written by Collin Hickey
The pies have yet to be baked and the turkeys yet to be roasted, but make no mistake, preparations for the annual Thanksgiving Day dinner at Messalonskee High School are already in motion.
“Two weeks ago, I started getting phone calls,” said Mike Perkins, the long-time organizer of the event, which starts at 11 on Thanksgiving morning in the high school cafeteria.
Perkins made the comment a full week before Thanksgiving. He will get plenty more calls – the Turkey Hotline number is 465-6366 – in the week that follows, given the tremendous need filled by the free meal, a tradition in Oakland for more than 30 years. A year ago, Perkins said he and his army of volunteers, a force he estimates at about 100 strong, served between 200 and 300 at the high school and delivered meals to about 800 people spread across multiple communities in central Maine.
“We have so many volunteers, we have to pace it, or we overdo it,” Perkins said, adding the majority his helpers are children, many of them Messalonskee High School students.
To ensure that everybody gets a chance to pitch in for the meal, Perkins said he sometimes has to ask volunteers to slow down and leave some work for the next crew scheduled to come in for a shift.
Despite the many years he has been involved with the event, Perkins never ceases to enjoy the impact volunteering has on his young workers.
“I run into kids all the time who say, ‘I’ll be back again next year, Mr. Perkins. That was awesome,’ ” Perkins said. “It is a pretty powerful thing for a kid to do that because so many kids are so me, me, me, I’m not going to do that … that’s beneath me, and then, all of a sudden, they do it once and they say, ‘I’m in.’ ”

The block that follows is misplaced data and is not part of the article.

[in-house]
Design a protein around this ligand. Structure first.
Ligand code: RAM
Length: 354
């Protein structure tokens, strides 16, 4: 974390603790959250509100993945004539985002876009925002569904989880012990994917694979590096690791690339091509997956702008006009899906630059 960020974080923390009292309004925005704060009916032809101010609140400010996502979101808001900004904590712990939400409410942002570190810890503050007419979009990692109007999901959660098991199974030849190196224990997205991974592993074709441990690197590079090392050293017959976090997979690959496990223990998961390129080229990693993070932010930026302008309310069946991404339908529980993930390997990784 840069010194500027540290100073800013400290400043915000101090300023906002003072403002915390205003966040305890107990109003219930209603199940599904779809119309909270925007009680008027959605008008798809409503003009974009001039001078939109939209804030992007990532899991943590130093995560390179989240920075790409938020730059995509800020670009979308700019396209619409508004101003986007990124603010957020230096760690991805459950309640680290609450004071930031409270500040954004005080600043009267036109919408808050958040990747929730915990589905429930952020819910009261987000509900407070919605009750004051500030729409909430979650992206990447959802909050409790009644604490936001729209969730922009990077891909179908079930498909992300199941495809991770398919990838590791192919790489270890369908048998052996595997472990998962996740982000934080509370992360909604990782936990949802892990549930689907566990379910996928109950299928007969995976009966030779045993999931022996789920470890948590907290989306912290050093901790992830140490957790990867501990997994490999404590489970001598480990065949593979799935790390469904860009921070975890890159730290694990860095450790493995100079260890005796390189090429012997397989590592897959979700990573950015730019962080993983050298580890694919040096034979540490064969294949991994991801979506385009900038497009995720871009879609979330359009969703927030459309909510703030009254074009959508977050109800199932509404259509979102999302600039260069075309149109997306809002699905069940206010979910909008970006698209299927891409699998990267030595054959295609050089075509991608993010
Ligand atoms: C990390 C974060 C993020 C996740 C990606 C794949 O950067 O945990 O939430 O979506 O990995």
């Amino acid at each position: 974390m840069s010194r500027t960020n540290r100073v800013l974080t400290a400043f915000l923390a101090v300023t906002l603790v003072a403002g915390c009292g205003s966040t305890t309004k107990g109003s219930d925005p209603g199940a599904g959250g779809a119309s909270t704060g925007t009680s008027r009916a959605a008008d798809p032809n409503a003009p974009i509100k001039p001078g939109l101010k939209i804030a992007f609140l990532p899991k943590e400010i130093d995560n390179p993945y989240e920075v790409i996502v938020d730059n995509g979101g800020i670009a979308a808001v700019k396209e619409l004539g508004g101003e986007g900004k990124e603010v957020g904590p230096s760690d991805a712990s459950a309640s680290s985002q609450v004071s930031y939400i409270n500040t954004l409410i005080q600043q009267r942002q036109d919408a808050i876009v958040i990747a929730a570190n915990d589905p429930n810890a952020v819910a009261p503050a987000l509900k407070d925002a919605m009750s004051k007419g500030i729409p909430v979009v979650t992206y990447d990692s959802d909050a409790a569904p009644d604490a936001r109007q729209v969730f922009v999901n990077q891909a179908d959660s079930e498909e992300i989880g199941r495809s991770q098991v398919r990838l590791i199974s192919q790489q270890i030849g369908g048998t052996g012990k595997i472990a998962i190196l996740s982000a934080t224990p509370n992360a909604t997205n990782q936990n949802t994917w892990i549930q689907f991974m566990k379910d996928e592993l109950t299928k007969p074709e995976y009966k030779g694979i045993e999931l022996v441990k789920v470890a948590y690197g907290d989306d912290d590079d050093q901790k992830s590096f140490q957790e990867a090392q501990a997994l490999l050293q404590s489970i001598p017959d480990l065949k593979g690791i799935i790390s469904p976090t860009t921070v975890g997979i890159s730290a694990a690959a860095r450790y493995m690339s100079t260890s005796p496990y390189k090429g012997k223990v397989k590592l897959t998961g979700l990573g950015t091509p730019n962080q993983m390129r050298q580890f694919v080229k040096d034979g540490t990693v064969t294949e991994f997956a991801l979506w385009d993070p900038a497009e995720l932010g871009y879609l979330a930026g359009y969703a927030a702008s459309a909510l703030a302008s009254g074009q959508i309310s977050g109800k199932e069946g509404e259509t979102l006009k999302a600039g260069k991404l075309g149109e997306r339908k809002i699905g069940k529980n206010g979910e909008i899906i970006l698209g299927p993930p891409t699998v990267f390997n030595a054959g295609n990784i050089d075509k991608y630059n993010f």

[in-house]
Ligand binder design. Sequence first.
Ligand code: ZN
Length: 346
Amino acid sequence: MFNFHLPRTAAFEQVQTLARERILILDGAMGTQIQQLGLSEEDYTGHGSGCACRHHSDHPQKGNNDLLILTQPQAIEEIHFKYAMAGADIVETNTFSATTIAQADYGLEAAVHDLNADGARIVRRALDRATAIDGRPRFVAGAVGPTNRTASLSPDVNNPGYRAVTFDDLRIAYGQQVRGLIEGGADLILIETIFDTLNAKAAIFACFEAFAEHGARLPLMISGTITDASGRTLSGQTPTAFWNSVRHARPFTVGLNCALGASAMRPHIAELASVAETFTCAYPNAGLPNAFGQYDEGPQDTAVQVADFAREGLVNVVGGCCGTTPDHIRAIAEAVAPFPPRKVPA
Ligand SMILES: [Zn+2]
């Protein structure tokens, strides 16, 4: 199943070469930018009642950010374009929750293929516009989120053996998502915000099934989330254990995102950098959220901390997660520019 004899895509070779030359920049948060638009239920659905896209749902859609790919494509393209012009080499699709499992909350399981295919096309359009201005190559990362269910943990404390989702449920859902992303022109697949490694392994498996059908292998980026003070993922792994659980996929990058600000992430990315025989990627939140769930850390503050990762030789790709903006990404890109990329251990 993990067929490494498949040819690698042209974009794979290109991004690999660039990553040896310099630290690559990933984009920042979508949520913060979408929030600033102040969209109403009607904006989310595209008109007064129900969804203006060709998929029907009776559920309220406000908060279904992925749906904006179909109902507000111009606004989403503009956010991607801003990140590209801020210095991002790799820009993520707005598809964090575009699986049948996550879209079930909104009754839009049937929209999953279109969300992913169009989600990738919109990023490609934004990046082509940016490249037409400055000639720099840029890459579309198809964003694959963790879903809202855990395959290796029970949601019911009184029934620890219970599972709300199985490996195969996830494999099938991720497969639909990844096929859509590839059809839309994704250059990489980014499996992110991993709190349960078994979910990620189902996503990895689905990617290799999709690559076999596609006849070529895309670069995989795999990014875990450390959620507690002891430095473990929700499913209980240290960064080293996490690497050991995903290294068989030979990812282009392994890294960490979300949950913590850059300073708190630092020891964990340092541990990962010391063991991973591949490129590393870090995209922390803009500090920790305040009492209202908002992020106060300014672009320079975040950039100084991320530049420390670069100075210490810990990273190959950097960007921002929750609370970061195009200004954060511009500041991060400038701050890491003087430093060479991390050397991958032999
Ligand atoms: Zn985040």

As always, the meal is open to anybody who comes or calls, no questions asked, no eligibility requirements necessary. For many of the people who come each year the event is as much about fellowship as it is about food, according to Perkins. Many people, he said, are lonely and simply love the opportunity to eat with others.
To feed the 1,000-plus diners anticipated, Perkins said he and his fellow volunteers plan to have about 50 turkeys and a massive quantity of potatoes and assorted other trimmings as well as 200 homemade pies – including apple, strawberry, blueberry, lemon, and pumpkin – courtesy of the Girl Scouts.
Without a doubt, the long preparation and the frenzied day of the meal itself amount to an exercise in exhaustion, but it is an endurance test that Perkins and his Turkey Day team are happy to repeat year after year.
“By the end of the day,” he said, “you go home tired, but you feel like Superman.”